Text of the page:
What is money laundering?

Money laundering is an attempt to hide the source of the money.
Money laundering is an attempt to hide the source of the money.
The investigation into attempts by Russia to meddle in the 2016 presidential campaign has put white-collar crimes in the spotlight, specifically, money laundering.

     Prominently, the October 2017 indictment of President Donald Trump's former campaign manager, Paul Manafort, and Manafort's associate, Richard W. Gates III, charges that the two laundered money "through scores of United States and foreign corporations, partnerships and bank accounts." 
      What does that mean and where does the expression money laundering come from? Here are the basics:

What is the definition of money laundering? The IRS gives us this: “the activities and financial transactions that are undertaken specifically to hide the true source of the money. In most cases, the money involved is earned from an illegal enterprise and the goal is to give that money the appearance of coming from a legitimate source.”

Why is it called laundering? Not surprisingly, the term money laundering was coined during the 1920s gangster era. Kevin Sullivan, director of the Anti–Money Laundering Training Academy, explains how it works in the book, Anti-Money Laundering in a Nutshell (Apress; 2015).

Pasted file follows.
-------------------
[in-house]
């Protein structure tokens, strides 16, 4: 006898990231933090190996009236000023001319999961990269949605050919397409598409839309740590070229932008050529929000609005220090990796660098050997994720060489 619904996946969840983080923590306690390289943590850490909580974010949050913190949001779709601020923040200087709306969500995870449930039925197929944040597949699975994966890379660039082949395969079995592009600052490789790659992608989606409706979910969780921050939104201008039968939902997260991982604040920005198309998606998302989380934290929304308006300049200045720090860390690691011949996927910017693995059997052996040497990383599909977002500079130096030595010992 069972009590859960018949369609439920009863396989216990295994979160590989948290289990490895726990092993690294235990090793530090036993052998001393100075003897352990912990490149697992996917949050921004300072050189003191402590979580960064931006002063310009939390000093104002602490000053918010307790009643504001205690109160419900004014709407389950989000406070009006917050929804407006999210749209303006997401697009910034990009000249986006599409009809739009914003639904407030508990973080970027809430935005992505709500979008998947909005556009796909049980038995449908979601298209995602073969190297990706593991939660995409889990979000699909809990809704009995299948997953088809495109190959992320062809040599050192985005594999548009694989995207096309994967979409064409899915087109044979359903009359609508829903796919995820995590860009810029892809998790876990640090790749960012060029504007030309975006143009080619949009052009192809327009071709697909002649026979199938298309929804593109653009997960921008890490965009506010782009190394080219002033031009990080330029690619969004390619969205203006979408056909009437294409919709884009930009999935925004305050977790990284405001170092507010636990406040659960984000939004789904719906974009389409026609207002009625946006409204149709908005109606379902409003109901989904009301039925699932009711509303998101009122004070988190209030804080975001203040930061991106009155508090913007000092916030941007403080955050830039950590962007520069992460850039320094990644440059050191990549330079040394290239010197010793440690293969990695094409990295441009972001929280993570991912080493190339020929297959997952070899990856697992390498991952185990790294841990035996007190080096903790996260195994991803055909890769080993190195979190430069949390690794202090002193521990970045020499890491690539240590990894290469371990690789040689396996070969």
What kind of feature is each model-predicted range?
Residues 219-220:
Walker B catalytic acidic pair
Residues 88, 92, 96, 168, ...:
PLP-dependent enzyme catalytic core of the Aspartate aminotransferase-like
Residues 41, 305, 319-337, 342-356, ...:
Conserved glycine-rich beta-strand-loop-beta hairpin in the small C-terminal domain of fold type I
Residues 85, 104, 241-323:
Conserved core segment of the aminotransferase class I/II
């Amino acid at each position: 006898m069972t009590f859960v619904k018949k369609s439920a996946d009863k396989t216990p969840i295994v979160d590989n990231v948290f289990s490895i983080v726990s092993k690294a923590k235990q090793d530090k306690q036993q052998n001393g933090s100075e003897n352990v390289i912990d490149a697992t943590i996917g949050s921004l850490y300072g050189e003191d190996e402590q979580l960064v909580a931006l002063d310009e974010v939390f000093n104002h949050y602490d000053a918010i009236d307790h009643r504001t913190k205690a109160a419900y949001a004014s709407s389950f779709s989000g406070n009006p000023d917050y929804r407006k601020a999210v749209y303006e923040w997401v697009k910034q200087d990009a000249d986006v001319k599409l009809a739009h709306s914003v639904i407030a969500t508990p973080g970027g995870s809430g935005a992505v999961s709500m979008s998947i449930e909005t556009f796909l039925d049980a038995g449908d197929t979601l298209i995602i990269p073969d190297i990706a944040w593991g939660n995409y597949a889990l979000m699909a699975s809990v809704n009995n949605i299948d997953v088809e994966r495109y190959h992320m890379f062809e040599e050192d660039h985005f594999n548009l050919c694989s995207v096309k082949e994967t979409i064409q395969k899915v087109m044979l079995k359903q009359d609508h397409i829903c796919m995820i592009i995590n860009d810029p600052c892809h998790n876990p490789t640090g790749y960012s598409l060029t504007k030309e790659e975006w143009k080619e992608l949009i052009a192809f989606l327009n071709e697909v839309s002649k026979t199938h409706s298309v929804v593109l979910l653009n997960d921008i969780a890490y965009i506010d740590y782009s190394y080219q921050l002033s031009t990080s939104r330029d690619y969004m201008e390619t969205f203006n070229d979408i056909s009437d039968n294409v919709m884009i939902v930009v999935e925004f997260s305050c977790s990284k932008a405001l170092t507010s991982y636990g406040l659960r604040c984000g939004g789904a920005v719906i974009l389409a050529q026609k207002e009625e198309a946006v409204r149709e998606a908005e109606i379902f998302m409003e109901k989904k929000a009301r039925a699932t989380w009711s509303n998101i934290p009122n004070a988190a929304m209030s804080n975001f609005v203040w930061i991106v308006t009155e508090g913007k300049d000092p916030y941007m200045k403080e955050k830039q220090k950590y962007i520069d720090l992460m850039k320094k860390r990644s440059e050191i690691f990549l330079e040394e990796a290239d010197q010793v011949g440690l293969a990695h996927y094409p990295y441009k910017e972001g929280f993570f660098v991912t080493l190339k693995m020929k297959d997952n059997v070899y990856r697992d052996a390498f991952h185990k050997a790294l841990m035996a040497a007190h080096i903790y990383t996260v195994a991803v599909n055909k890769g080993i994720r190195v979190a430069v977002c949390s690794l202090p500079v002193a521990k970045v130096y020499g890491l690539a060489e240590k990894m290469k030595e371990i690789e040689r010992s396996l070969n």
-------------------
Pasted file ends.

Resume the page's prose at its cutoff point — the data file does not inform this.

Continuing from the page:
“Between gambling, prostitution, and sales of prohibition alcohol, there was a lot of cash that required laundering. In other words, a method or methods had to be developed so that the government did not become suspicious about the true nature of a gangster’s funds. The major headache that gangsters faced was that the money they ‘earned’ was in the form of cash currency—and often in small-denomination bills or coins. If the funds were put into the bank, then questions would be asked by the bank and ultimately the government. Further, storing large amounts of money in low-value coins is a physical and logistic nightmare. So, the gangsters created businesses, one of which involved slot machines and another of which was laundromats. The coins could be used to 'gamble' and to 'wash clothes' Of course, the number of coins actually used far exceeded the true amount gambled or used at the laundromat, and it was made to appear that more gambling or more clothes were washed than actually were.”

What do you have to do to be guilty of money laundering? It is spelled out by the U.S. Justice Department website: “A defendant must conduct or attempt to conduct a financial transaction, knowing that the property involved in the financial transaction represents the proceeds of some unlawful activity, … and the property must in fact be derived from a specified unlawful activity.”
    The prosecutor must prove “either by direct or circumstantial evidence, that the defendant knew that the property involved was the proceeds of any felony under state, federal or foreign law. The prosecutor need not show that the defendant knew the specific crime from which the proceeds were derived; the prosecutor must prove only that the defendant knew that the property was illegally derived in some way.”



      Resources: Indictments, plea deals made public

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